Blumen S.C.,Hillel Yaffe Medical Center |
Blumen S.C.,Technion - Israel Institute of Technology |
Astord S.,University Pierre and Marie Curie |
Robin V.,University Pierre and Marie Curie |
And 15 more authors.
Annals of Neurology | Year: 2012
Objective: Distal hereditary motor neuropathies (dHMN) form a clinically and genetically heterogeneous group of disorders, characterized by muscle weakness and atrophy predominating at the distal part of the limbs, due to the progressive degeneration of motor neurons in the spinal cord. We report here a novel rare variant of dHMN with autosomal recessive inheritance in a large Jewish family originating from Morocco. The disease is characterized by a predominance of paralysis at the lower limbs and an early adulthood onset. We performed a genetic study in this family to identify and characterized the causing mutation. Methods: Homozygosity mapping strategy and sequencing of the candidate genes were performed. Expression studies were made on patient fibroblasts. Functional experiments were performed on a cellular model of motor neuron disease. Results: We mapped the disease to the 2q34-q36.1 chromosomal region and identified a homozygous splice mutation in the gene HSJ1 (DNAJB2) decreasing the expression of the 2 main isoforms HSJ1a and HSJ1b. Overexpression of both HSJ1a and HSJ1b reduced inclusion formation induced by the mutated SOD1-A4V in a neuronal cellular model. Interpretation: HSJ1 is a neuronal enriched member of the HSP40/DNAJ co-chaperone family. Previous studies have shown that HSP40 proteins play a crucial role in protein aggregation and neurodegeneration in several neuronal types, in animal models and human diseases. Interestingly, this mutation causing a loss-of-function of HSJ1 is linked to a pure lower motor neuron disease, strongly suggesting that HSJ1 also plays an important and specific role in motor neurons. Copyright © 2011 American Neurological Association.
Caminero A.,Multiple Sclerosis Unit |
Bartolome M.,Multiple Sclerosis Unit
Journal of the Neurological Sciences | Year: 2011
Objectives: The frequency of sleep disturbances in multiple sclerosis (MS), and their impact on the quality of life of MS patients, have traditionally been underestimated. Here we review the most common sleep disorders seen in this disease, their prevalence, pathophysiology, clinical manifestations and current treatments. Method: We begin with a brief description of epidemiological data on sleep disturbances in MS, explain how these disturbances increase potential associated morbidities, and discuss the bidirectional relationship established between these two comorbid conditions (i.e. MS worsens sleep disturbances and vice versa). We then analyze the main dyssomnias and parasomnias described in MS: insomnia, circadian rhythm disorders, drug-induced sleep disturbances, restless legs syndrome (RLS) and periodic leg movements (PLM), respiratory disorders during sleep, narcolepsy-cataplexy syndrome and REM sleep behavior disorder (RBD). We also review the relationship between sleep disturbances and chronic fatigue syndrome, which is very frequent in MS patients. Conclusion: Sleep disturbances are more common in MS patients than in the general population and limit these patients' quality of life. Therefore, we believe that these disturbances should be a focal point in any multidisciplinary treatment for MS. © 2011 Elsevier B.V. All rights reserved.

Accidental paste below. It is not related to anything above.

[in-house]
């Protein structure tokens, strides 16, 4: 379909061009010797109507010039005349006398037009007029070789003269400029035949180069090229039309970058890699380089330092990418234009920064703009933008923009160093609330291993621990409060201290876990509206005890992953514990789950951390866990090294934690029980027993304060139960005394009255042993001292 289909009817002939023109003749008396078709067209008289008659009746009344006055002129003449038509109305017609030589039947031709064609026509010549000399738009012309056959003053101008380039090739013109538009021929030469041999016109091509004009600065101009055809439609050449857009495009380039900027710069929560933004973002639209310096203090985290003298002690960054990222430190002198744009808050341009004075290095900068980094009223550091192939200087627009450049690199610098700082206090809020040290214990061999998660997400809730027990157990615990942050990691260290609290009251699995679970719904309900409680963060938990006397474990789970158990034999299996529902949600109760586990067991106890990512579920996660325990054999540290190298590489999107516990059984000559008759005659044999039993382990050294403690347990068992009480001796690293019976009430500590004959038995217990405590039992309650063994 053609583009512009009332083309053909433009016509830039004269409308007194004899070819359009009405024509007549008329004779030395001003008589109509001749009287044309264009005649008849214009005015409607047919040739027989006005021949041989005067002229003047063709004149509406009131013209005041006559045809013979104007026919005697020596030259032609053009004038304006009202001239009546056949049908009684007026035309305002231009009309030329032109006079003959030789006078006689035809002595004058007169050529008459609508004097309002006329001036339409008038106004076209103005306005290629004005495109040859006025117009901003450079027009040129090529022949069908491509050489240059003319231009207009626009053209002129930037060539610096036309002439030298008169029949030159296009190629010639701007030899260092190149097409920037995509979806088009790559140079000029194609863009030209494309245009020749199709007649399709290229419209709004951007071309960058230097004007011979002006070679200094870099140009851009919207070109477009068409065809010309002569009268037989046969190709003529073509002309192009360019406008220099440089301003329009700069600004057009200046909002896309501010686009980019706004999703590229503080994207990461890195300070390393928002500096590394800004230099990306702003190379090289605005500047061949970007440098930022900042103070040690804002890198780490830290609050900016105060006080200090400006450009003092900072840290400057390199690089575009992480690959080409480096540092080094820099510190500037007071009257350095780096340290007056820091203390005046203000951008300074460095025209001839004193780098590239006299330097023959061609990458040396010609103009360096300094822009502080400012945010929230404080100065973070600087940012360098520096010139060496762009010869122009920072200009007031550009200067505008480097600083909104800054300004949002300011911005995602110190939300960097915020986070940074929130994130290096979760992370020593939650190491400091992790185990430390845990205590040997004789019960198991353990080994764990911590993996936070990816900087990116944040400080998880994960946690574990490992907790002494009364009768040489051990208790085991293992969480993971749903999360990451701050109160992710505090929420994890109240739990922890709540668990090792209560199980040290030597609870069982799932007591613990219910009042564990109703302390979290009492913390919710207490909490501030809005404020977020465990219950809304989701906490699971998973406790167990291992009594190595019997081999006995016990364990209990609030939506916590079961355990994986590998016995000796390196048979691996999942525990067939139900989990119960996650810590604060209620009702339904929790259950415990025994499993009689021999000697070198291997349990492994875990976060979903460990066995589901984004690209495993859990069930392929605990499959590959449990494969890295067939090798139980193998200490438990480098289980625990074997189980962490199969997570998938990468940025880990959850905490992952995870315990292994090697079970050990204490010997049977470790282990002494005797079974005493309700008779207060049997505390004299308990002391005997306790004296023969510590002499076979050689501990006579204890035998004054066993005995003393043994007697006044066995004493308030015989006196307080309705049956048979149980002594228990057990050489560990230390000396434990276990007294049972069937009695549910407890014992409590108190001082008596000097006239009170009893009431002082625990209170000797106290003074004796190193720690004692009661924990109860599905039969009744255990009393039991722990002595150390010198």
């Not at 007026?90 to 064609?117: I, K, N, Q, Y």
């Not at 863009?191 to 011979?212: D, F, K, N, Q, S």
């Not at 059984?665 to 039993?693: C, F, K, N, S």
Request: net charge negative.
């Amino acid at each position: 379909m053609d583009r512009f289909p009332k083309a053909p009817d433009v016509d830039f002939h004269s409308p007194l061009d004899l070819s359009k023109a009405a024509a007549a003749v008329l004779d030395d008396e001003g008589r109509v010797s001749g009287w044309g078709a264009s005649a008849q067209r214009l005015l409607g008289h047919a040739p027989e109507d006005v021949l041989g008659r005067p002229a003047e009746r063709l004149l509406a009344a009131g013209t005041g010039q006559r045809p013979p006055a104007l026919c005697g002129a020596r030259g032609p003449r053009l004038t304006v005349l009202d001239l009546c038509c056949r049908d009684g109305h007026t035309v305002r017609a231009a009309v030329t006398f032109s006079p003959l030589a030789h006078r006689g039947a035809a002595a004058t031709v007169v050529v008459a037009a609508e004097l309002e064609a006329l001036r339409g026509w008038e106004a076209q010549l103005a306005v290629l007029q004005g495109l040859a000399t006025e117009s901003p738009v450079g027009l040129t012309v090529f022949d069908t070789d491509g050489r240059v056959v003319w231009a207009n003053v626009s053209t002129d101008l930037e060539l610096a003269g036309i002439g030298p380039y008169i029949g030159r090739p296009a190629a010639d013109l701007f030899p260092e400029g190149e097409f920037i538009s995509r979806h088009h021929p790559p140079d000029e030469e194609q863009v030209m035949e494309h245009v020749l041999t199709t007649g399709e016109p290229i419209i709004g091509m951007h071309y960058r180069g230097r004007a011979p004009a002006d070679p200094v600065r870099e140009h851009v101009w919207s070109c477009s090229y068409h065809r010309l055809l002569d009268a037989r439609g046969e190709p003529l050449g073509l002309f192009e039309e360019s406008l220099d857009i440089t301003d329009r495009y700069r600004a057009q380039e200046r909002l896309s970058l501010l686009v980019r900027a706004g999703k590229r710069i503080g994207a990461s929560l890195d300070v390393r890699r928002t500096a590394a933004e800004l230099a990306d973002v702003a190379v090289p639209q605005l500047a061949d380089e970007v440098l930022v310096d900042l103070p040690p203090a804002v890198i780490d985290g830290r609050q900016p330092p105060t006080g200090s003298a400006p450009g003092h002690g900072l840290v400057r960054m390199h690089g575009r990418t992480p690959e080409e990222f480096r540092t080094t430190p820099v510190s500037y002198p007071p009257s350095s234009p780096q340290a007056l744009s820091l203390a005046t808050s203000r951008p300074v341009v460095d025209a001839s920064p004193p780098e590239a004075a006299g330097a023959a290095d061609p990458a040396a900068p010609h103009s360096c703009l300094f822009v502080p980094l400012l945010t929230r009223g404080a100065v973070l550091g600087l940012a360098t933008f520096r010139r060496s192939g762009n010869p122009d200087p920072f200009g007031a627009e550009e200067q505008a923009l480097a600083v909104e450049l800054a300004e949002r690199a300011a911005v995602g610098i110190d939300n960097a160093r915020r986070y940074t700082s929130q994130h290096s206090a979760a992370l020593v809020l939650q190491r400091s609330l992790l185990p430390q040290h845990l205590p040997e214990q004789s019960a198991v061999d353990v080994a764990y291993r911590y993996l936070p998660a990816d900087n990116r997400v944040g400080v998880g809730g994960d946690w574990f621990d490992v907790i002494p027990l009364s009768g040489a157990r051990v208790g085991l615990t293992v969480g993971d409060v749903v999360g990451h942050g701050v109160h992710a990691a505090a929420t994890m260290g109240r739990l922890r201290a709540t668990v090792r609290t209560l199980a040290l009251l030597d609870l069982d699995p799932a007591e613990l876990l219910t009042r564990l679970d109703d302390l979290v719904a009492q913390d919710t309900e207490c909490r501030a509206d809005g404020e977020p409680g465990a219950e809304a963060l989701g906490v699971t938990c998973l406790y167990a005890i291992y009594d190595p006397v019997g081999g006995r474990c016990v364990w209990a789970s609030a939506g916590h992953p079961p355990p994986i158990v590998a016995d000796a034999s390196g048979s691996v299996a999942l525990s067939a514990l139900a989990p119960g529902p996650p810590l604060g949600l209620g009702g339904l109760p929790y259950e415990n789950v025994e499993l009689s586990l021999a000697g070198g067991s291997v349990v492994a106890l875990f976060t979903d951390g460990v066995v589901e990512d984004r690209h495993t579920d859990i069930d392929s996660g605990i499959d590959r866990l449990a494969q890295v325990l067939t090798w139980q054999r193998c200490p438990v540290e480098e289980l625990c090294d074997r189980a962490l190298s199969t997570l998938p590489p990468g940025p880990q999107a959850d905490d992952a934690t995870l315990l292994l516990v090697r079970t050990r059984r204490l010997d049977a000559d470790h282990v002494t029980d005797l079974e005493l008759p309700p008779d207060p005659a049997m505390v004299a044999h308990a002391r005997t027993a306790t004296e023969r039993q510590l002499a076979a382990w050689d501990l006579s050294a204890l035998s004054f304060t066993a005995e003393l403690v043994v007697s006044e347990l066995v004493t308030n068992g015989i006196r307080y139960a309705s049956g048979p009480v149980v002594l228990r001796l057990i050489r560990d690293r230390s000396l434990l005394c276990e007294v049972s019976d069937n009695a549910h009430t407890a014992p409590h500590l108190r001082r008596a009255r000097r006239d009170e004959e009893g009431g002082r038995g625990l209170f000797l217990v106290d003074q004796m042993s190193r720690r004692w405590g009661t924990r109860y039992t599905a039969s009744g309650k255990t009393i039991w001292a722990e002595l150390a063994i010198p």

Fusco C.,Immunohematology and Transfusion Service |
Guerini F.R.,Foundation Medicine |
Nocera G.,Italian National Cancer Institute |
Ventrella G.,University of Naples Federico II |
And 9 more authors.
Journal of Neuroimmunology | Year: 2010
Killer Immunoglobulin-like Receptor (KIR) genes may affect both resistance and susceptibility to autoimmune disorders, but their role in the pathogenesis of Multiple Sclerosis (MS) is still unclear. To evaluate the involvement of KIRs and their HLA ligands in the development of MS we performed genotyping of HLA -A, -B, -Cw, -DRB1 and KIRs loci in 121 RRMS patients and 103 healthy controls (HC). Results evidenced a possible protective role of the activating KIR2DS1 gene (py=0.001; OR:0.38), enhanced in the presence of its ligand group HLA-C2 (py=0.0001; OR:0.23). Our data suggest that the presence of functional compounds of activating KIR receptors together with their HLA ligands, allowing the immunomodulatory function of NK cells, may have a protective role against the disease. © 2010 Elsevier B.V.
Mancuso R.,Foundation Medicine |
Hernis A.,Foundation Medicine |
Cavarretta R.,Multiple Sclerosis Unit |
Caputo D.,Multiple Sclerosis Unit |
And 7 more authors.
Journal of Medical Virology | Year: 2010